Flexibility in putting together today’s NFL roster is key to any long term sustainable success. The rigors of surviving and thriving in a 16 game regular season can only come through players unselfishly contributing in many areas on the field and at a moment’s notice. Young players are more often asked to contribute on special teams, something many were immune to throughout college as the primary stars on their squads. But those that understand their role and the opportunity that any playtime presents are eager volunteers for special teams duty.
Flexibility and Versatility
Offensive Linemen are often called upon to “flip flop” up & down the line due to injuries along the front five. Centers move to guard, guards bump outside to tackle, and tackles have been known to slide inside as well. Defensively it’s often you see interchange in the secondary. Some corners might bounce inside to safety if need be, and while with the Broncos, we often used a more athletic safety to cover the slot or TE in our “big nickel” package.
Flexibility and versatility will go a long way in prolonging the career of a professional football player. Another determining factor is scheme. Many college and professional teams have shifted to the flexibility of a 3-4 defense. Finding dominant defensive ends to the rush the passer (at any level) is a challenge. College football struggles to fill the billet with players that fit both the parameters and skill level of an outside defender. However linebackers appear more readily available and provide a defensive coordinator with a wider range of possibilities in confounding, confusing, and otherwise stopping an offense.
Pressure can come from either side (weak or strong), and the modern 3-4 OLB is asked to execute a number of different responsibilities within the body frame of a classic LB; speed rush, power rush, blitz, set the edge vs run, drop into zone coverage, man up vs a TE…the list goes on and on.
I was just recently asked this question;
One of the hottest commodities in today’s NFL is a player who can consistently rush the passer. A common debate topic leading up to the draft seems to be discussing whether or not a player can make a transition from playing primarily defensive end in a 4-3 to an outside linebacker in a 3-4. Outside of pure athleticism and physical prowess, what factors do you look at when trying to decipher who the players most capable of making such a transition are?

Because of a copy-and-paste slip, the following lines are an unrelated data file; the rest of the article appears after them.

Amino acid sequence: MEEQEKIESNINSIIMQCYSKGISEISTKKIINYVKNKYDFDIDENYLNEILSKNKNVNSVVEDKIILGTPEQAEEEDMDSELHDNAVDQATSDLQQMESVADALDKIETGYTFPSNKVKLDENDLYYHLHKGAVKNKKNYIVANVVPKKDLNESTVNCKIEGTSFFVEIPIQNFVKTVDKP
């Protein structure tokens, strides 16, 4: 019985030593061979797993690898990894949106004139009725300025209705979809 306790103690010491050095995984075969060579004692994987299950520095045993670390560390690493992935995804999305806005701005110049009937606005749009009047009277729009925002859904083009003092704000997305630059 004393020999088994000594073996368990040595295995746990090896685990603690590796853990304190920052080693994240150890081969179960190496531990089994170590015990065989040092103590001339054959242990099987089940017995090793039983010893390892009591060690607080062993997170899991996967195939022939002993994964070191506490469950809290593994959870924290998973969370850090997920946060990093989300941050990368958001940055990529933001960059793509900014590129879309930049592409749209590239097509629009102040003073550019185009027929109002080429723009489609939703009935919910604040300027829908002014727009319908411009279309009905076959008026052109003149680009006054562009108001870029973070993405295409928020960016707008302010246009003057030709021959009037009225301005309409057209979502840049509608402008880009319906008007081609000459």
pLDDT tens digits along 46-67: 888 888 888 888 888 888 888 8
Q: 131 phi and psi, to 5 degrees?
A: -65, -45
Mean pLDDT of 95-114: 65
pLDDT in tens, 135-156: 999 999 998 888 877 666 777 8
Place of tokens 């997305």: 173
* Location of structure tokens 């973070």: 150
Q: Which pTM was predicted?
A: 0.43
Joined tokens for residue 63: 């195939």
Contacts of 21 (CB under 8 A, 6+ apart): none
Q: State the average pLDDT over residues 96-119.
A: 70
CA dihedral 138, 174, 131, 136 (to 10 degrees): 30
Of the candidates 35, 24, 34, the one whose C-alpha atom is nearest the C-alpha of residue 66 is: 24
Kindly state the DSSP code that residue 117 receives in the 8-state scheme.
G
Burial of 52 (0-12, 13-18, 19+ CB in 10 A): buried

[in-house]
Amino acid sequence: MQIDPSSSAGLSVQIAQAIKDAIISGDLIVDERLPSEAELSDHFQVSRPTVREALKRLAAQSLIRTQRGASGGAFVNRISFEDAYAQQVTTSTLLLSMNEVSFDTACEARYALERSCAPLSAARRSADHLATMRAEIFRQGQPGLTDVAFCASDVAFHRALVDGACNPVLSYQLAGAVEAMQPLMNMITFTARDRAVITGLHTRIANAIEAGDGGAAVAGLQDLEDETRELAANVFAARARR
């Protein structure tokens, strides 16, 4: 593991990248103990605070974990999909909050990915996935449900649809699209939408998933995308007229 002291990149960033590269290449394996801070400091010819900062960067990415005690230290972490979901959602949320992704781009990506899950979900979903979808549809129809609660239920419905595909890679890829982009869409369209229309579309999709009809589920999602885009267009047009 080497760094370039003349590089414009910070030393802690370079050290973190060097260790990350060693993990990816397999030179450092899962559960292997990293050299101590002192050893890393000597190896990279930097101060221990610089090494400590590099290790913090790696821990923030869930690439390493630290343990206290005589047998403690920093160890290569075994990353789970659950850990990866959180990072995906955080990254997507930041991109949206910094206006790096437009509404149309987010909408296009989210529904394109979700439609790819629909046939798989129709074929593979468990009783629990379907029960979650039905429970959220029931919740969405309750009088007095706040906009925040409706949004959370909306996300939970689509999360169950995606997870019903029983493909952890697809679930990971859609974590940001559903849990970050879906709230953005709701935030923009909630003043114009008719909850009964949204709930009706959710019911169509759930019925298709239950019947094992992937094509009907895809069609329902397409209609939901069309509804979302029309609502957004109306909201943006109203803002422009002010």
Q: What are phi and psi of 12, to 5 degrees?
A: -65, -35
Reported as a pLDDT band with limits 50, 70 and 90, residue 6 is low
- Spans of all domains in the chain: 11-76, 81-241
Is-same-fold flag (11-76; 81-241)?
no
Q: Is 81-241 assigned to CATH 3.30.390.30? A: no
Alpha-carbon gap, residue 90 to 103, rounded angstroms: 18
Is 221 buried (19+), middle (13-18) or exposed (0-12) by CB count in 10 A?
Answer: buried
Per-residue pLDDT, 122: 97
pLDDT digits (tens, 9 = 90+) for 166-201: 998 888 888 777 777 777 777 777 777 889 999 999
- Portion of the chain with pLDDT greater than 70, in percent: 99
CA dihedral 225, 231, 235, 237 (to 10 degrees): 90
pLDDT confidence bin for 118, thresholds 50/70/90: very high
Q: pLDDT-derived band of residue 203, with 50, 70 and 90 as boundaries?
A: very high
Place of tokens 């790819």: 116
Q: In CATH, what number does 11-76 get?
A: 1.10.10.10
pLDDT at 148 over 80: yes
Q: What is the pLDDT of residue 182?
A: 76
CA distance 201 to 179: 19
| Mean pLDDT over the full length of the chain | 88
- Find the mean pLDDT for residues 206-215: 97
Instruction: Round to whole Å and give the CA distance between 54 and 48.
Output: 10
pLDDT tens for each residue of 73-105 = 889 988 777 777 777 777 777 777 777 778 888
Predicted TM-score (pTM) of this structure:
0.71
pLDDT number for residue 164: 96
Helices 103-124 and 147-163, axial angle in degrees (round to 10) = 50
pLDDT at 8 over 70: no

Instincts and Awareness
The answer becomes increasingly evident when you discard athletic ability and physical skill set; Instincts and Awareness. Many defensive ends in a 4-3 have never been asked to do anything but rush the passer. They’ve gotten by throughout high school and into college using a quick first step, long reach, and explosive burst to beat their opponent and pressure the pass. “Play the run through to the quarterback”. Coaches that have a “special pass rusher” knowingly take full advantage of it every snap.
But if a 4-3 defensive end is suddenly employed in a 3-4 scheme and asked to do things his body has never been asked to do before, his mind had better be able to counter quickly as well. So much of being a successful linebacker in the NFL is about putting yourself in position to make plays, not necessarily “running them down”. If a player has an excellent feel and recognition for movement around him, then more than likely he’ll be able to utilize dominant physical attributes to put him where his mind says to go.
But a player who can’t “read and react” to what his eyes are telling him might as well be playing blindfolded. Professional football is just too fast and unforgiving for even an instant of delay. 3-4 OLB’s are the catalyst to success in the scheme, their ability to create plays versus run and pass from every vantage point (on or off the line of scrimmage) is key.
Look for 4-3 college defensive ends with not only the physical tools but also the inert instincts to diagnose and keen awareness to respond, to quickly be snatched up in the NFL Draft by clubs utilizing a 3-4 defense.